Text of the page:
Published on 23 May 13
by TASMANIAN DIVISION, THE TAX INSTITUTE
Hiring, rewarding, motivating and retaining artisans, indeed, while ensuring that you are an employer of choice, is quite a task. It is all the more difficult when you are in start-up mode and cash-strapped, as this necessarily limits your choices. Then, there is the bewildering array of state and federal tax legislation to comply with. Some of the issues this paper addresses includes:
- is your artisan an employee or a contractor? This will have implications for, at the very least,income tax, FBT, SGC, payroll tax and workers compensation
- sign-on fees, golden hellos/restrictive covenants and restraints
- what sort of fringe benefit should I provide to be an employer of choice?
- can we income split?
- providing equity generally and employee share schemes in particular
- how to use phantom share schemes – profits versus capital growth/golden handcuff.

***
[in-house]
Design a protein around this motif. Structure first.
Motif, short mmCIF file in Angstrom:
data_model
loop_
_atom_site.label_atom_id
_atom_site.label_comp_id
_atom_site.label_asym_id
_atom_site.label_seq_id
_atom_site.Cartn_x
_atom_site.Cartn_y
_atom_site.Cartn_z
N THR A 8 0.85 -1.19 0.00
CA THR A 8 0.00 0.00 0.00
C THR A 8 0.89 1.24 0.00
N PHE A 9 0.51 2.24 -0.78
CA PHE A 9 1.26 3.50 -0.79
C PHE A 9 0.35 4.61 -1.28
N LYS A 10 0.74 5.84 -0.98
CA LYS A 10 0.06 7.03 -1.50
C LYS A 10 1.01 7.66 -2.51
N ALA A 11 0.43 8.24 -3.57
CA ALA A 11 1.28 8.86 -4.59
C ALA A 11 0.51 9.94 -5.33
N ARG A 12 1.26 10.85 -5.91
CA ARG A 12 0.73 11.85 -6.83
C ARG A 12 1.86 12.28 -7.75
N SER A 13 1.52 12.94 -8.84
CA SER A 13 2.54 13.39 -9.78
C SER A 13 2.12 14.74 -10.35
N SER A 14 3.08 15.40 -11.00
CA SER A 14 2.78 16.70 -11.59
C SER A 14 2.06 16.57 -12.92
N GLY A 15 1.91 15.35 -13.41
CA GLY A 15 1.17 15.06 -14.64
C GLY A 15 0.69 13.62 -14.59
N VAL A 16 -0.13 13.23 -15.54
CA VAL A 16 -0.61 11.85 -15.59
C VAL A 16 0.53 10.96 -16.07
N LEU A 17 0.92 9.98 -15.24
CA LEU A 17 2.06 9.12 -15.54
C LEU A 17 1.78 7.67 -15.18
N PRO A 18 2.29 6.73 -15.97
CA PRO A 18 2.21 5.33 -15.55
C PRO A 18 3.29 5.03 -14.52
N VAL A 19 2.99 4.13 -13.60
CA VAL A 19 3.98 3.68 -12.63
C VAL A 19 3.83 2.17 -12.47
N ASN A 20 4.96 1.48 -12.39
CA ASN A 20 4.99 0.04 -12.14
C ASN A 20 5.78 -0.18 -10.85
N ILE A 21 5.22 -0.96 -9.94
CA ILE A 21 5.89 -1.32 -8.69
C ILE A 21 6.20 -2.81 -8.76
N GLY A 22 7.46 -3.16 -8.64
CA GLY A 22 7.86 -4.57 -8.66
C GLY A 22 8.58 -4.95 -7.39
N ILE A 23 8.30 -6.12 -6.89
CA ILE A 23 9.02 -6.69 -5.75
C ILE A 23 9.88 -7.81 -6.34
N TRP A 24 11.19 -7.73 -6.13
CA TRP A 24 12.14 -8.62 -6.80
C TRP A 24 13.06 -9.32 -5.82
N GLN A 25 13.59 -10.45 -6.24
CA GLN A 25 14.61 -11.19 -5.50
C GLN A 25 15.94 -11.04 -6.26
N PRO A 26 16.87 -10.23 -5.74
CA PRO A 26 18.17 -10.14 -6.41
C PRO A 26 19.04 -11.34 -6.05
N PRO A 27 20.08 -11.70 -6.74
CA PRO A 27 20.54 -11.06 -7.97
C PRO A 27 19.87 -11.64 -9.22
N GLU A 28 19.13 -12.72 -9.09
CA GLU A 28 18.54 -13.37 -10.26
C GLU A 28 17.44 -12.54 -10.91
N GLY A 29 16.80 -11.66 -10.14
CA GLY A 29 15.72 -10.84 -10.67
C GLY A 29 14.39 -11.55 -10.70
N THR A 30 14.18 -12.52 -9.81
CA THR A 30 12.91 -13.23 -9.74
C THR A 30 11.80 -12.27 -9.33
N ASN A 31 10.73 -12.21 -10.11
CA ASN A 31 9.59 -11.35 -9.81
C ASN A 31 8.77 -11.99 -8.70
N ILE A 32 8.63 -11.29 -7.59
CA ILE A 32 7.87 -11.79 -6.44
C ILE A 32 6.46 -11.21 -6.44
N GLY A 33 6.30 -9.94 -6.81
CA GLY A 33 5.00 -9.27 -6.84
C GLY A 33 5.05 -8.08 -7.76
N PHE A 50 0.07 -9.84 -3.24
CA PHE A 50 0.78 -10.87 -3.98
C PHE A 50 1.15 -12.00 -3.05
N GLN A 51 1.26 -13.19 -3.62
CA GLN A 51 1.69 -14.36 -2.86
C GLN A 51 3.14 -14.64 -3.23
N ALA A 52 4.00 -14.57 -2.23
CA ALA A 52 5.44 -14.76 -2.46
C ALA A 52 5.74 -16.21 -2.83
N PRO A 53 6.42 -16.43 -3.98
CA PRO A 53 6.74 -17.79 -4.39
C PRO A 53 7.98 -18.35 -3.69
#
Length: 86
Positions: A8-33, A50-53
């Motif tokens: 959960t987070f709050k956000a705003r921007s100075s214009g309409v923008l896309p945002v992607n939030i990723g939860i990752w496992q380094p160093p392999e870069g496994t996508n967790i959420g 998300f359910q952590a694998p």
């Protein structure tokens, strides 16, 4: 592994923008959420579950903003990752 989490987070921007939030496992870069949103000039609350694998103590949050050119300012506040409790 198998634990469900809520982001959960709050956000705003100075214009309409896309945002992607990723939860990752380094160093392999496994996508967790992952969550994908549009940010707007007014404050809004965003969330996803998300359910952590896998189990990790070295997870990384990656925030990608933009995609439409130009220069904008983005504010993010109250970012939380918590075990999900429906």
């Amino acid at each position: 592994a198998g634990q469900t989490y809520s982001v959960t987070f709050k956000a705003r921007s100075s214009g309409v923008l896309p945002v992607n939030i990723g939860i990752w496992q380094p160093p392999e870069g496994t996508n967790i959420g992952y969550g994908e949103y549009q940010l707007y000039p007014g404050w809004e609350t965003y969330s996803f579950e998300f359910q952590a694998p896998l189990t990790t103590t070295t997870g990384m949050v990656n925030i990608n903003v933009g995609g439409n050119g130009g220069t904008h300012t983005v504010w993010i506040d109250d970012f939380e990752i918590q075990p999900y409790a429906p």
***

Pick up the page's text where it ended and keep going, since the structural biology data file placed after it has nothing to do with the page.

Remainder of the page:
Paul is a Tax Partner at Mutual Trust with over 30 years experience in tax, asset protection, estate and succession planning, FBT and salary packaging. Paul specialises in advising
high-wealth families and closely held businesses as well as many accounting and law firms. Paul teaches in the Masters program in the Law School at the University of Melbourne and has been involved in consultation with both federal and state governments on a variety of tax matters. Paul also contributes to The Tax Institute’s book, Estate and Business Succession Planning.
- Current at
12 April 2017